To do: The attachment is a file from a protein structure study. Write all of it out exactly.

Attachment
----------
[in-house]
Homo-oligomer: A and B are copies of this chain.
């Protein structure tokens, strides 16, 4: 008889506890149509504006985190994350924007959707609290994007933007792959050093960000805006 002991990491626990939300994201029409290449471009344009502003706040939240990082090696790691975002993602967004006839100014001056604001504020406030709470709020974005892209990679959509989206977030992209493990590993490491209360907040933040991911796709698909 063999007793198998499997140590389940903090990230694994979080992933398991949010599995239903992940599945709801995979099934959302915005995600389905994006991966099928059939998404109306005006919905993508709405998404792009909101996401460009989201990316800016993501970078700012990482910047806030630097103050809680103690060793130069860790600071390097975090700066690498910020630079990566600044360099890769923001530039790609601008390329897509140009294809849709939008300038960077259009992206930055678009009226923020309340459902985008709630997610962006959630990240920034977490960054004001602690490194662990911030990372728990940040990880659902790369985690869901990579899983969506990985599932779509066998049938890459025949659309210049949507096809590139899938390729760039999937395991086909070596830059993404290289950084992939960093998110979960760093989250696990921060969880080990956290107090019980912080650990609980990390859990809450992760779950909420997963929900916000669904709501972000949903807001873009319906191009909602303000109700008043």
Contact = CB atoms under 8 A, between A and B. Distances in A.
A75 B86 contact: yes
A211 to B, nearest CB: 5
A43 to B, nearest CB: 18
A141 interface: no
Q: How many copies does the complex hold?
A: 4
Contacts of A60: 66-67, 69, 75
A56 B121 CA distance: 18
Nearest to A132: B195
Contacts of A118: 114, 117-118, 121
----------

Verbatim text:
[in-house]
Homo-oligomer: A and B are copies of this chain.
């Protein structure tokens, strides 16, 4: 008889506890149509504006985190994350924007959707609290994007933007792959050093960000805006 002991990491626990939300994201029409290449471009344009502003706040939240990082090696790691975002993602967004006839100014001056604001504020406030709470709020974005892209990679959509989206977030992209493990590993490491209360907040933040991911796709698909 063999007793198998499997140590389940903090990230694994979080992933398991949010599995239903992940599945709801995979099934959302915005995600389905994006991966099928059939998404109306005006919905993508709405998404792009909101996401460009989201990316800016993501970078700012990482910047806030630097103050809680103690060793130069860790600071390097975090700066690498910020630079990566600044360099890769923001530039790609601008390329897509140009294809849709939008300038960077259009992206930055678009009226923020309340459902985008709630997610962006959630990240920034977490960054004001602690490194662990911030990372728990940040990880659902790369985690869901990579899983969506990985599932779509066998049938890459025949659309210049949507096809590139899938390729760039999937395991086909070596830059993404290289950084992939960093998110979960760093989250696990921060969880080990956290107090019980912080650990609980990390859990809450992760779950909420997963929900916000669904709501972000949903807001873009319906191009909602303000109700008043």
Contact = CB atoms under 8 A, between A and B. Distances in A.
A75 B86 contact: yes
A211 to B, nearest CB: 5
A43 to B, nearest CB: 18
A141 interface: no
Q: How many copies does the complex hold?
A: 4
Contacts of A60: 66-67, 69, 75
A56 B121 CA distance: 18
Nearest to A132: B195
Contacts of A118: 114, 117-118, 121